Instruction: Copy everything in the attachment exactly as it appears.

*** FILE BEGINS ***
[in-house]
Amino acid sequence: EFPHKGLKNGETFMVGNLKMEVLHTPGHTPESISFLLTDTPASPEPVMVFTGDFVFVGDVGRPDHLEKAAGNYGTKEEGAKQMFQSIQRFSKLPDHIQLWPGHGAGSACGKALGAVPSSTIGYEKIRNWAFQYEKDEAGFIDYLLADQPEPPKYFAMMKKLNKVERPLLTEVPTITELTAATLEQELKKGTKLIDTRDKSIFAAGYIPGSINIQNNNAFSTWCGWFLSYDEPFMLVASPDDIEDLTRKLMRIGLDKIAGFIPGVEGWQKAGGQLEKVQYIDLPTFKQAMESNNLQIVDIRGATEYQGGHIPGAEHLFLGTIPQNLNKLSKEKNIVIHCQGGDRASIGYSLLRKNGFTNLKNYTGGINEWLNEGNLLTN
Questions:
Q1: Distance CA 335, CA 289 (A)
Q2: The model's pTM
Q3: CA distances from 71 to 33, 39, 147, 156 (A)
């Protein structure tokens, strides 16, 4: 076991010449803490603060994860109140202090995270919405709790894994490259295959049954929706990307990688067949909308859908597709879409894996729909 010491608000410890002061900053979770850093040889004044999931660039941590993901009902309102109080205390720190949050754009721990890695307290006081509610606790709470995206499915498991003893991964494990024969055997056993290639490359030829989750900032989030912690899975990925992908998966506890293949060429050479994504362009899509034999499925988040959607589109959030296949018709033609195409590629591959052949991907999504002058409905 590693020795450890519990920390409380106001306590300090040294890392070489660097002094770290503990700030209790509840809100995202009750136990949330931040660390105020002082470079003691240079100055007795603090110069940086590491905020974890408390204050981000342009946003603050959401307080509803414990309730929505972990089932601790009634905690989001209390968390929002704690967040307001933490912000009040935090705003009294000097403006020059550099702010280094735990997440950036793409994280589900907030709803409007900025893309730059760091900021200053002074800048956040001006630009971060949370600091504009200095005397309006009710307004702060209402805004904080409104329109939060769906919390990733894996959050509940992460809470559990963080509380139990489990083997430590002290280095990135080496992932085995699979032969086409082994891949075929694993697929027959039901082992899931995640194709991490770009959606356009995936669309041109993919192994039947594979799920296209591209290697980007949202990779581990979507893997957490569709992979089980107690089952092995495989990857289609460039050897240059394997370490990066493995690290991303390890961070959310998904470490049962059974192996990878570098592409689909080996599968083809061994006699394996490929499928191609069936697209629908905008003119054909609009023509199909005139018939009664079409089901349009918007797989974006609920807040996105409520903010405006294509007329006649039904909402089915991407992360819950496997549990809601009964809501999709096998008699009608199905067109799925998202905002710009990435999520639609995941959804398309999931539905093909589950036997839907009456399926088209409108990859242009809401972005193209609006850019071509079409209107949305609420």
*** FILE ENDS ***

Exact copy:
[in-house]
Amino acid sequence: EFPHKGLKNGETFMVGNLKMEVLHTPGHTPESISFLLTDTPASPEPVMVFTGDFVFVGDVGRPDHLEKAAGNYGTKEEGAKQMFQSIQRFSKLPDHIQLWPGHGAGSACGKALGAVPSSTIGYEKIRNWAFQYEKDEAGFIDYLLADQPEPPKYFAMMKKLNKVERPLLTEVPTITELTAATLEQELKKGTKLIDTRDKSIFAAGYIPGSINIQNNNAFSTWCGWFLSYDEPFMLVASPDDIEDLTRKLMRIGLDKIAGFIPGVEGWQKAGGQLEKVQYIDLPTFKQAMESNNLQIVDIRGATEYQGGHIPGAEHLFLGTIPQNLNKLSKEKNIVIHCQGGDRASIGYSLLRKNGFTNLKNYTGGINEWLNEGNLLTN
Questions:
Q1: Distance CA 335, CA 289 (A)
Q2: The model's pTM
Q3: CA distances from 71 to 33, 39, 147, 156 (A)
């Protein structure tokens, strides 16, 4: 076991010449803490603060994860109140202090995270919405709790894994490259295959049954929706990307990688067949909308859908597709879409894996729909 010491608000410890002061900053979770850093040889004044999931660039941590993901009902309102109080205390720190949050754009721990890695307290006081509610606790709470995206499915498991003893991964494990024969055997056993290639490359030829989750900032989030912690899975990925992908998966506890293949060429050479994504362009899509034999499925988040959607589109959030296949018709033609195409590629591959052949991907999504002058409905 590693020795450890519990920390409380106001306590300090040294890392070489660097002094770290503990700030209790509840809100995202009750136990949330931040660390105020002082470079003691240079100055007795603090110069940086590491905020974890408390204050981000342009946003603050959401307080509803414990309730929505972990089932601790009634905690989001209390968390929002704690967040307001933490912000009040935090705003009294000097403006020059550099702010280094735990997440950036793409994280589900907030709803409007900025893309730059760091900021200053002074800048956040001006630009971060949370600091504009200095005397309006009710307004702060209402805004904080409104329109939060769906919390990733894996959050509940992460809470559990963080509380139990489990083997430590002290280095990135080496992932085995699979032969086409082994891949075929694993697929027959039901082992899931995640194709991490770009959606356009995936669309041109993919192994039947594979799920296209591209290697980007949202990779581990979507893997957490569709992979089980107690089952092995495989990857289609460039050897240059394997370490990066493995690290991303390890961070959310998904470490049962059974192996990878570098592409689909080996599968083809061994006699394996490929499928191609069936697209629908905008003119054909609009023509199909005139018939009664079409089901349009918007797989974006609920807040996105409520903010405006294509007329006649039904909402089915991407992360819950496997549990809601009964809501999709096998008699009608199905067109799925998202905002710009990435999520639609995941959804398309999931539905093909589950036997839907009456399926088209409108990859242009809401972005193209609006850019071509079409209107949305609420």